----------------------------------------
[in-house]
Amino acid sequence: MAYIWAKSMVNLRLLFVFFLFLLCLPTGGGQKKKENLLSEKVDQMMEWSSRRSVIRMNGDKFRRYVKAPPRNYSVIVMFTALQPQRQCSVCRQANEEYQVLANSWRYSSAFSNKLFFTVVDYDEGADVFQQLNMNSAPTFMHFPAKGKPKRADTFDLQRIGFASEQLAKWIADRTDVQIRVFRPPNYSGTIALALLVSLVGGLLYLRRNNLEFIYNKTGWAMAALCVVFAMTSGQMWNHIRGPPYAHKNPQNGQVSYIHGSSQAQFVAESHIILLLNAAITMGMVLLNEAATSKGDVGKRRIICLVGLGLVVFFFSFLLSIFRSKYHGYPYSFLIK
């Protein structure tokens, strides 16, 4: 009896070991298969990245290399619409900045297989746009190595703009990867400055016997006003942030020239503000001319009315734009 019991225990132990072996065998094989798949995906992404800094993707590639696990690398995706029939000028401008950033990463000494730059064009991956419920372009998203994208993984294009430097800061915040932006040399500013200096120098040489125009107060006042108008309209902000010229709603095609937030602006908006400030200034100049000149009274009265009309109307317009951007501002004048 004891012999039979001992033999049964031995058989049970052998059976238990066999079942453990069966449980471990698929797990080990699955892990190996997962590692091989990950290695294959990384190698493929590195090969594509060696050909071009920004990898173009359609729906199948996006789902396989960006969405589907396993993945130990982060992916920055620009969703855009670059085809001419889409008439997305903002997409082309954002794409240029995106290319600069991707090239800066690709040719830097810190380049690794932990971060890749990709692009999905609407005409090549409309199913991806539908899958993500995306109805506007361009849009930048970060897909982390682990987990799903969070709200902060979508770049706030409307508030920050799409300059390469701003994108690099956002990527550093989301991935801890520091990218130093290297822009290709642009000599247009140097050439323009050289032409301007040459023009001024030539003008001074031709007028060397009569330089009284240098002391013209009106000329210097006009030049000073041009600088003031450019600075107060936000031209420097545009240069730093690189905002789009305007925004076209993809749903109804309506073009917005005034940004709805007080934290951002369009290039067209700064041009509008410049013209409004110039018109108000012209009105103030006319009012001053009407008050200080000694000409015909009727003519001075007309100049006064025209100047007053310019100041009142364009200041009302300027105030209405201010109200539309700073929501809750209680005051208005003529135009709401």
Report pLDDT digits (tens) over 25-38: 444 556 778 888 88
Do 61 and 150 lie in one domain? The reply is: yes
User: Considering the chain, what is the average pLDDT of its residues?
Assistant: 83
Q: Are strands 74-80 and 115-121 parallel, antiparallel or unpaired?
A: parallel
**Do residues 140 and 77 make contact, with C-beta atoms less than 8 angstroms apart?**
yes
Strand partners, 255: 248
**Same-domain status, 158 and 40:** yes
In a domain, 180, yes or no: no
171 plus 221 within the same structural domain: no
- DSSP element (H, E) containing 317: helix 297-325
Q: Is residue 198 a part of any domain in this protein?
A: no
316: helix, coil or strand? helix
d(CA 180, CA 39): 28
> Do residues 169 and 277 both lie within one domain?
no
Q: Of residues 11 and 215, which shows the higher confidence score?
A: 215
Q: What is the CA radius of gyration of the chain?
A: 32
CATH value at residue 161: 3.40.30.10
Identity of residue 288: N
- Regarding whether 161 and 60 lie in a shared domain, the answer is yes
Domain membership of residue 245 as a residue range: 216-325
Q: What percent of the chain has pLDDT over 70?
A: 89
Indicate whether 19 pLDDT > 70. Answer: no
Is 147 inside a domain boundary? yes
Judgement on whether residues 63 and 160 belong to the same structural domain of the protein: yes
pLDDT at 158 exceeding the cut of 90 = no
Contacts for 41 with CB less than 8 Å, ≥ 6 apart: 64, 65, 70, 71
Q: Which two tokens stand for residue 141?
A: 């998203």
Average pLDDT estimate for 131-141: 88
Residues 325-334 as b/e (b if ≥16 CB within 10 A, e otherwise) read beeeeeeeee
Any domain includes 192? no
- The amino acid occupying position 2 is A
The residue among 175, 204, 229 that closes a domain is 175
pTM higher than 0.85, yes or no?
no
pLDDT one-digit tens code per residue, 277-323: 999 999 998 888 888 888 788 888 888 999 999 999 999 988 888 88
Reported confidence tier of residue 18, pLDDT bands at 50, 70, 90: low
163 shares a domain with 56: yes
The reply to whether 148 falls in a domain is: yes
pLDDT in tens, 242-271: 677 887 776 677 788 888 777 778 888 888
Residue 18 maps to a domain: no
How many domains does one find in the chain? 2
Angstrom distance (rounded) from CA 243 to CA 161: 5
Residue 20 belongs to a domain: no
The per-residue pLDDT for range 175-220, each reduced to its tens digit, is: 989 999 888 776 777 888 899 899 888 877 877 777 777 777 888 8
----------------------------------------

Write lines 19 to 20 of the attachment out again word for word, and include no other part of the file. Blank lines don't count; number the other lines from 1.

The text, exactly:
316: helix, coil or strand? helix
d(CA 180, CA 39): 28